So, in my brief research in PHP security, I have been guided toward two important functions to remove forbidden characters from forms. One being "htmlentities" and the other being "mysql_escape_string" - what I am wondering is if there is a common way for hackers to insert malicious forbidden characters in to the forms despite the functions. I am suspicious that this is possible, since this is such a commonly employed security technique. Is an extra layer of security needed?

NB: I understand that mysql_escape_string may become deprecated soon.

1 Answer 1


While mysql_escape_string() is an alright method of preventing SQL injection, parameterized queries are a much better approach. mysql_escape_string() is still not perfect; for example the following is vulnerable to SQL injection:

$q="select * from user where uid=".mysql_real_escape_string($_GET[uid]);

The PoC is simple:


Use parameterized queries!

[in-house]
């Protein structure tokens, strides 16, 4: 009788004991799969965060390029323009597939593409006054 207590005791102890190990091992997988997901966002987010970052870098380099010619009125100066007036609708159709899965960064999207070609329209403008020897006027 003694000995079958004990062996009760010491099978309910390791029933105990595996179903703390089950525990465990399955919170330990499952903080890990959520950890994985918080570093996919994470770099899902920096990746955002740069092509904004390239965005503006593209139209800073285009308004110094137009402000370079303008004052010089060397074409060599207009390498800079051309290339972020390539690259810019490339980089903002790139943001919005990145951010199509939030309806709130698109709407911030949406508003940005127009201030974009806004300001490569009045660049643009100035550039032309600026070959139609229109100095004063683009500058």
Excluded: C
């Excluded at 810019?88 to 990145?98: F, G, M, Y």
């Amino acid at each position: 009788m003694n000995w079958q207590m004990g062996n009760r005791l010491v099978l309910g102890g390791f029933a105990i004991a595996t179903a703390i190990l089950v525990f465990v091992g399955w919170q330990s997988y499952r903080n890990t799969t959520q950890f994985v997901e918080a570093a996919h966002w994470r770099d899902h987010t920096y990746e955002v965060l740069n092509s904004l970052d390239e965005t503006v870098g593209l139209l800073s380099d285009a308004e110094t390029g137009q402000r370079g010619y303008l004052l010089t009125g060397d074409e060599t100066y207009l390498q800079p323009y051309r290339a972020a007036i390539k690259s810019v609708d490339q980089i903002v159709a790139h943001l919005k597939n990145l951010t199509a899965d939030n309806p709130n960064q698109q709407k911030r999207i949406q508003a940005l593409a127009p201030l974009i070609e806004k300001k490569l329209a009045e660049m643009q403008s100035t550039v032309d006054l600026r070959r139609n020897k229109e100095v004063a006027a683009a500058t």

htmlentities(), or htmlspecialchars() will prevent some types of XSS. They won't prevent XSS in DOM events. This method won't prevent injecting events for example: value='junk' onclick=alert(/xss/). htmlspecialchars($var,ENT_QUOTES) is a little better, because it prevents DOM event injection, but you can still hijack an event (see the "it's a DOM event" blog post).

So these two functions will partially mitigate two vulnerabilities out of a couple thousand. To call out some of the big offenders that will not be mitigated by mysql_real_escape_string() or htmlentites() we have: Directory traversal (and LFI/RFI for PHP), LDAP injection, XPATH injection, HTTP Response Splitting, Log file injection... and the list goes on.

Escaping input has nothing to do with removing "forbidden characters". It's about converting escape characters (or sequences of characters) into their "character literal" such that attacker controlled data is still interpreted as data, and not executable code.

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